About shanecronin

I'm Shane; I teach 9th grade English in Jackson, MS. Aside from this I eat pasta for almost every dinner, relax in my ergonomic chair on my porch, enjoy the fine weather of the Deep South, read private detective novels and drive an Oldmobile.

Whole Group Reading Doesn’t Have to be a Drag

Kids bookshelf with German and American childr...

(Photo credit: Wikipedia)

One of the biggest problems I encountered as a first year English teacher was structuring a lesson around whole group reading. Although I learned and practiced strategies at Institute as to how best to do to this, for whatever reason, I lost my toolkit once at my placement school. I had no idea how to make my love for reading contagious nor had I the confidence to even attempt boisterous analytical discussion. I was at a total loss when it came to facilitating the understanding of key textual ideas. Therefore, I tended to just bulldoze through a text, forcing kids to read for 30 minute periods, and asked a few questions when we finished. As a result, students relegated reading to the mundane task that I made it out to be.

During second semester I was brave enough to read a novel with my kids. Even though it was a high-interest text (LeRoy and the Old Man) aimed at their reading level, reading for long stretches was still a drag. After 30 minutes of it, only those with the greatest stamina remained fully engaged.

By the time I taught my second novel The Contender, about a boy who learns to box, I found a few strategies to break up seemingly endless pages of text.Here is a quick reference list of tips to make reading more exciting in your classroom (with or without technology).

By |May 20th, 2013|Teaching Tips|Comments Off on Whole Group Reading Doesn’t Have to be a Drag|

Where’s the Joy? One Easy Way To Introduce the J-Factor

The Sound of Music

The Sound of Music (Photo credit: elycefeliz)

Up until Thanksgiving break I did my best to present myself in the classroom as a hard ass; I never smiled, permitted bathroom breaks, lent pencils or paper, supplied tissue or anything else. “This is high school. Bring your own materials, and pee between classes” I told students from day one.

I enforced these rules vigorously, in part, because I was told these were best practices when instructing students in challenging environments and largely because I was terrified of being walked all over. At the same time I made parent phone calls almost every day praising students, actively updated my shout out wall and offered extra help every afternoon.

Taking the advice of Julie Andrews, I was firm, but kind.

Around the middle of October I administered brief surveys to all my classes (a typical student survey response is pictured below). In response to the statement “Mr. Cronin cares about me” students overwhelmingly indicated “I don’t know.” This answer surprised me most of all because I absolutely care about every one of my students. However, almost three months into the school year few seemed to know it.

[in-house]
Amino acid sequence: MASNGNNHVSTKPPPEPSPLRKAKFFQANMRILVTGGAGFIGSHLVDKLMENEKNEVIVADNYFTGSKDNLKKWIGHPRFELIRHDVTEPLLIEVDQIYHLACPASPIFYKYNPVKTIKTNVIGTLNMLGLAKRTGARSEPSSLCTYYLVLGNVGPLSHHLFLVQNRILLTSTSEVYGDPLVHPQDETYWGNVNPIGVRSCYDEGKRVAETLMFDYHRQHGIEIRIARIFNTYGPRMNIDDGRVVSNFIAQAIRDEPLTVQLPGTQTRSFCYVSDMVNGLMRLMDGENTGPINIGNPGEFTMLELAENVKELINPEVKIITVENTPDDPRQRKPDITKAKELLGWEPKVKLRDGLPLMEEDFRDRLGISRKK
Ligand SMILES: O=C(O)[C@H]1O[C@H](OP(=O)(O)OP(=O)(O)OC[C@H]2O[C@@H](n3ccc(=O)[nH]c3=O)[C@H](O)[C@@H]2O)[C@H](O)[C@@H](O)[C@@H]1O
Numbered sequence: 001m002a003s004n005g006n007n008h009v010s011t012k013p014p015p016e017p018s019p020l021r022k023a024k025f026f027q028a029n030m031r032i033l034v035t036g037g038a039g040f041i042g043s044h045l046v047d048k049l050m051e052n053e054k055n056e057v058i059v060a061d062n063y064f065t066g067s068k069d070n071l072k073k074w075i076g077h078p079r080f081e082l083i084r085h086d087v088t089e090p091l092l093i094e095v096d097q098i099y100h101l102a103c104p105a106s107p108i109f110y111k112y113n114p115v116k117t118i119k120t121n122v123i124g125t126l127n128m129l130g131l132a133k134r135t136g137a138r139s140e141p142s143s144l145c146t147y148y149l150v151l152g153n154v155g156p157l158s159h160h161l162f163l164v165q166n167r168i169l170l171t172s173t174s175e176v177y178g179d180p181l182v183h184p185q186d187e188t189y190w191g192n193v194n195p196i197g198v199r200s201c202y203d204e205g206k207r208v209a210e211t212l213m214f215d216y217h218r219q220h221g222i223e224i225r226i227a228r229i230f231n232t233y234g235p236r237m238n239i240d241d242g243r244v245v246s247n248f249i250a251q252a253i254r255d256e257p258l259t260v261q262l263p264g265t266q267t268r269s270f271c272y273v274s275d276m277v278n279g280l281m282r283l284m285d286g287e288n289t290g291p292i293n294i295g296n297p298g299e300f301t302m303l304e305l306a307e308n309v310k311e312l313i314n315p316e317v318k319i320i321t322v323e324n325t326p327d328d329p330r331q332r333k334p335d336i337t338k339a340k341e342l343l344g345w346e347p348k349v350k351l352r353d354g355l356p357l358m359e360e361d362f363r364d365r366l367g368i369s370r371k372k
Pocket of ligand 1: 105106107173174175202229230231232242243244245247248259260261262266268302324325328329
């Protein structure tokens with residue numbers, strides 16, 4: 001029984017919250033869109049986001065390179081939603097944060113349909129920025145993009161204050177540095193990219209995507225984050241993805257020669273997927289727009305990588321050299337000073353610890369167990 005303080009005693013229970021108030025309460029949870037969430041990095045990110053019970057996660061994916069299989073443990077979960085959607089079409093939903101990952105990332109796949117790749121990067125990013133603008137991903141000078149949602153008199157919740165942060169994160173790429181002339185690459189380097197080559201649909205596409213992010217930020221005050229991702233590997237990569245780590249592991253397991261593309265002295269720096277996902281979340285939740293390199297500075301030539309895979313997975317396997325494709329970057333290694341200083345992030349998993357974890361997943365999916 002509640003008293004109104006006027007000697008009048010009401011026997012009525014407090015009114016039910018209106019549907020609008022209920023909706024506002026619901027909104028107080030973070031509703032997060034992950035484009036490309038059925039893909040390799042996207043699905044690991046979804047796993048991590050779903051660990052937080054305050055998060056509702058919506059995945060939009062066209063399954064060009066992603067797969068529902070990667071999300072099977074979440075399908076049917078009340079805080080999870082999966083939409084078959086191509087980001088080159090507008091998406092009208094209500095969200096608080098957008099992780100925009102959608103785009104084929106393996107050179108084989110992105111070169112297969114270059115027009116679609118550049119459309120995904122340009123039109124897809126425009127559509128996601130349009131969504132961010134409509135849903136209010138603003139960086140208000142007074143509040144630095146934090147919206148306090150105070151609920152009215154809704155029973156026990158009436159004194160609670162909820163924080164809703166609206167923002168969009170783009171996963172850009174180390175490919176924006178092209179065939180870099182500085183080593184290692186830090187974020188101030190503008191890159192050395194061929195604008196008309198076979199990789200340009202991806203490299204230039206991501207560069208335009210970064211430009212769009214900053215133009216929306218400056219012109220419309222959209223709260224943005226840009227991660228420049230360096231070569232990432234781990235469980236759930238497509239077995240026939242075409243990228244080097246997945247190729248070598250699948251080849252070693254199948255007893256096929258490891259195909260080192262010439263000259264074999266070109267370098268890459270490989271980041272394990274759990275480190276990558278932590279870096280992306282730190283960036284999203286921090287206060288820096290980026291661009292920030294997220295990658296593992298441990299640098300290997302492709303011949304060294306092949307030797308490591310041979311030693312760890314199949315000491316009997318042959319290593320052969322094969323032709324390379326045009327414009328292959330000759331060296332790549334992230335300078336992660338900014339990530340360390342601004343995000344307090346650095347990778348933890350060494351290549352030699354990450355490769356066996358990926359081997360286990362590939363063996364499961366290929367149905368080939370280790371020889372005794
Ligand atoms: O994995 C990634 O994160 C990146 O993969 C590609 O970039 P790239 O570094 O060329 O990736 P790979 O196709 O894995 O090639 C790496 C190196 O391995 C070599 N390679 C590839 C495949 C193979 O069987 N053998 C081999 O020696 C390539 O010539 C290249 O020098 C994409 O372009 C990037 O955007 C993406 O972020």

After some reflection, one thing I realized was definitely absent from my classroom was the “J Factor.”  There was little, if any, joy in my lessons. I attributed a lot of this to my nerves, which still weren’t comfortable with 20 something teenage faces glaring at me.  To effect change I began observing my colleagues and their classrooms for ideas. Here is one simple, concrete strategy I’ve implemented in my classroom to bring the “J Factor”.

By |February 26th, 2013|Teaching Tips|Comments Off on Where’s the Joy? One Easy Way To Introduce the J-Factor|

Say What? Dealing with Severe Disrepect

(Photo credit: David Goehring)

(Photo credit: David Goehring)

Shortly after I began teaching I was stunned at many of the things my kids said to each other right in front of me. And the words directed toward me were like a Jet Li punch in the head.

I have one student, let’s call him Steve, whom I had a lot of difficulty with in the beginning of the year. During the first week of school he stole a laptop from my classroom; I know this only because his father returned it to me the following day.

Within a few weeks Steve was goofing off all the time; he threw pens, pencils, and a plethora of unidentifiable flying objects across my classroom (hitting me in the head on occasion). He did almost no work and had become, frankly, a nuisance. I wanted him out of my room.

Just after the bell rang one day I noticed Steve was not sitting in his assigned seat. He was pushing the envelope with me in every way, and I was in no mood to go to the mat with any student about the seating chart so I curtly asked him to move. His response: “Man, fuck you!” It wasn’t one of those under-the-breath, I’ll-let-that-one-slide kind of “Fuck you’s.” Everybody heard it. So I buzzed the office, and he was suspended for a day or two.

When he returned, Steve’s attitude toward me didn’t change. It got to the point where any time I interacted with him was a negative experience. I completely blamed him for overreacting to directions such as “start your Do Now,” or “take out a sheet of paper and pencil.”

Finally, well into the second term, I asked myself what do I do with a student like Steve (not to mention the many others I have like him)?

By |December 7th, 2012|Teaching Tips|212 Comments|